KES 04 - 06 - 2010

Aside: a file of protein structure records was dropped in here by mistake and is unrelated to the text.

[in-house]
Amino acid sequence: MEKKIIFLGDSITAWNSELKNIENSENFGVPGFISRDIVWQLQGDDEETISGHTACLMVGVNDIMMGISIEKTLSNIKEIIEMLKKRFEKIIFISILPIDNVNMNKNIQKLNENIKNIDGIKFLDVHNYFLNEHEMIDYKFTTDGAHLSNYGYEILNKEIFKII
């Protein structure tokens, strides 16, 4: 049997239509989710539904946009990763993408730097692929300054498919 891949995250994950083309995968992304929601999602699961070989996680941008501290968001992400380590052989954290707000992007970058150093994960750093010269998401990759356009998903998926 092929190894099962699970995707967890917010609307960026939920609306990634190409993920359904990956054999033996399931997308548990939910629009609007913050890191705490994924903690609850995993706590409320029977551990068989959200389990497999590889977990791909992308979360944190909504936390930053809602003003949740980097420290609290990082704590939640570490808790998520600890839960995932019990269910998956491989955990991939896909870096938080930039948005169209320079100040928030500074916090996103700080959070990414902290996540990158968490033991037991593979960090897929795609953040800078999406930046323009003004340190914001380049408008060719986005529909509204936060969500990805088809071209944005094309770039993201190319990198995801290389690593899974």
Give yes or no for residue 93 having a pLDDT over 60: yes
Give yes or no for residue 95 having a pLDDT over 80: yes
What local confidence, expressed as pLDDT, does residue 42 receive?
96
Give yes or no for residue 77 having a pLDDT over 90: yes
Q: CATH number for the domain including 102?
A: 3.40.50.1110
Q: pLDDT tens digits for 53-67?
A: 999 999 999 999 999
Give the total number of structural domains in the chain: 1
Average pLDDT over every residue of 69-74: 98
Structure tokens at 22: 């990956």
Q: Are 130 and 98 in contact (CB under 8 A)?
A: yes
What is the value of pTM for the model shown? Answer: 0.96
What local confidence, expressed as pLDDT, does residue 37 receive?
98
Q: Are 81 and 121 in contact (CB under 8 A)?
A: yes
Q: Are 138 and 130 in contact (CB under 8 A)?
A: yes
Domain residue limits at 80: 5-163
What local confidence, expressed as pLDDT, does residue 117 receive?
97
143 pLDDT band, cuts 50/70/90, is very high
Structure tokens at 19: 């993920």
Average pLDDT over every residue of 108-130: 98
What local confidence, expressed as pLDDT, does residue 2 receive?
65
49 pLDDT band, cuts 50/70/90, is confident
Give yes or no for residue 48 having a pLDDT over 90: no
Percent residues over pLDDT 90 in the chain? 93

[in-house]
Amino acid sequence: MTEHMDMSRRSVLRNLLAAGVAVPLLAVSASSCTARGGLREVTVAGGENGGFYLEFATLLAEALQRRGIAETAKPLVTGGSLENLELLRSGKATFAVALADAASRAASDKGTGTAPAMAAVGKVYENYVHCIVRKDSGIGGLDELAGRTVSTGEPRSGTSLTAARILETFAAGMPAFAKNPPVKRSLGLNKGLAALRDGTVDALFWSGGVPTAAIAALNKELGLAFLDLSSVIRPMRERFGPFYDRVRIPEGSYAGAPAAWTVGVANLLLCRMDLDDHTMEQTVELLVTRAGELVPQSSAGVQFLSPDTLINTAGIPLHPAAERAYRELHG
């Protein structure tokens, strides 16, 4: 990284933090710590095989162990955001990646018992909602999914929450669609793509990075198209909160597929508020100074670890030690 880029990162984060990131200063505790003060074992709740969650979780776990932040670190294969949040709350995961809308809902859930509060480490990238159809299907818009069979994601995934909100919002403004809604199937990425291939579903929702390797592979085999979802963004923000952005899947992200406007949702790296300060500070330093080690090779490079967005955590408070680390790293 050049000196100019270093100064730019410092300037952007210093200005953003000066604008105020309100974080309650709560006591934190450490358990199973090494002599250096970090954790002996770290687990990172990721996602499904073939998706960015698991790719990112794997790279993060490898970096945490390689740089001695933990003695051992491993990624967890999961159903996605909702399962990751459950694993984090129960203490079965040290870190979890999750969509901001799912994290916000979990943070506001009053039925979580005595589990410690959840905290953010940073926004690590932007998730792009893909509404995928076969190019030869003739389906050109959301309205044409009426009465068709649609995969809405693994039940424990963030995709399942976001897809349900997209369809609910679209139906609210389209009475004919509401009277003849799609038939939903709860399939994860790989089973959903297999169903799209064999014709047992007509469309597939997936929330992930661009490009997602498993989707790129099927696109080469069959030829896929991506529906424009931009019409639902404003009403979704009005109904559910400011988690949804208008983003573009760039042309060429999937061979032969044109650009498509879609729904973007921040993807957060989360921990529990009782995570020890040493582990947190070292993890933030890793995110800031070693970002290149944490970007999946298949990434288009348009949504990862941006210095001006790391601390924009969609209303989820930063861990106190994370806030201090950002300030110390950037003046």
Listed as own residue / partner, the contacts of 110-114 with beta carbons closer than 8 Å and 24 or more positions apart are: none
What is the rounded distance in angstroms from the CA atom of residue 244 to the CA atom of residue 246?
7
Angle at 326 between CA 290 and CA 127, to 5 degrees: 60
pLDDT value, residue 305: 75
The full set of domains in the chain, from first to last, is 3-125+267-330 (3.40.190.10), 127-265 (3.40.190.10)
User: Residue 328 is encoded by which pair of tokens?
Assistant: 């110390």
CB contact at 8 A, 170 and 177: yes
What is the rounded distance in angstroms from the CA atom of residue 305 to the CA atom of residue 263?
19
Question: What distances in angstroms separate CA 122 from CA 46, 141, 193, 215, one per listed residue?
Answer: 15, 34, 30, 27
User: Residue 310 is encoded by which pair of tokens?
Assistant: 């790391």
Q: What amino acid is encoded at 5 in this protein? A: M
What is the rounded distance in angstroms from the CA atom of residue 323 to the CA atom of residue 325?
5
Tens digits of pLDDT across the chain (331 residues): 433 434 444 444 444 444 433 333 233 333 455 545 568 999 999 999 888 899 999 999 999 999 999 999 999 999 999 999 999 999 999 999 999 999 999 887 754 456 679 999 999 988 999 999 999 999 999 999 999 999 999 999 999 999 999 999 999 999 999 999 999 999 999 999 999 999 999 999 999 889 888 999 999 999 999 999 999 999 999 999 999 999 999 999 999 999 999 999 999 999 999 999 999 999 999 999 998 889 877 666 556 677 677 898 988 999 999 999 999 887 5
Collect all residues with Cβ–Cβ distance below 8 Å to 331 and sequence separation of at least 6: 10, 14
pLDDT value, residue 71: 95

Restoration and Adaptive Re-Use Recently, we have experienced many modern projects that have been redeveloped from historical design. As some have been restored to conserve their original function, others have been adapted toward future use. Why preserve the core of our past? For one, this method is more sustainable as we are focusing on the "smart growth concept". This sustainable development works with buildings at the center of the city, instead of starting new construction on open, green sites. We are trying to make use of the space that we have already built on that has unfortunately become unused or functionless. Also, adaptive re-use allows for future design to continue its motion while still retaining the history. It is a way for cultures to hold onto their traditions and values. Restoration has been a design preservation method that we have run across quite a few times on more of the important landmarks. The Reichstag building in Berlin, Germany was a great restoration that we visited while on our journey. Originally opening in the late nineteenth century, it housed the parliament of the German Empire until 1933. Unfortunately, it caught fire and was severely damaged by air raids in the mid-1900's. It was basically a ruin at that point. Reichstag was attempted to be fully restored later by Norman Foster in 1990 after debate of tearing it down all together. The exterior walls are basically the only original pieces left, but its finish in 1999 became to be a success. Foster's design of the cupola, the glass dome on the rooftop, has become the main attraction and drawn many tourists into the walls of the Reichstag (shown in the top half of lower image). One example of adaptive re-use that we have encountered is Gasometer in Vienna, Austria. Gasometer began as four gas tanks used throughout the nineteenth and twentieth centuries. The town eventually switched from town gas to natural gas, causing the gas tanks to become unused and later shut down. Four architects were chosen to redesign these tanks to become functional once again. Starting at ground floor and moving up, Gasometer now includes; commercial shopping, working offices, and residential apartments (section shown in upper image). The brick exterior walls were preserved and the structures still appear as gas tanks from the exterior. This adaptation has allowed the public to experience some historical value of Vienna while continuing to function in their everyday lives. One of the world's most commonly known examples of adaptive re-use is London's Tate Modern. This museum of international modern art was once the Bankside Power Station. It closed in 1981 and was eventually redesigned by Herzog & de Meuron. The Turbine Hall was still intact and acted as the main entrance to the gallery (shown in bottom half of lower image). You definitely still experience the industrial feel of the power plant with the brick exterior and exposed, steel structure on the interior. With the adaptation, glass walls and wooden floors were added for more appropriate gallery spaces. Their intentions were to accept the massive, industrial building as it was and enhance it, rather than eliminate it. This sustainable development has accepted double the amount of visitors as they expected already. It seems as though people are visiting for both the modern art exhibits and also the fascinating reformation of the building.

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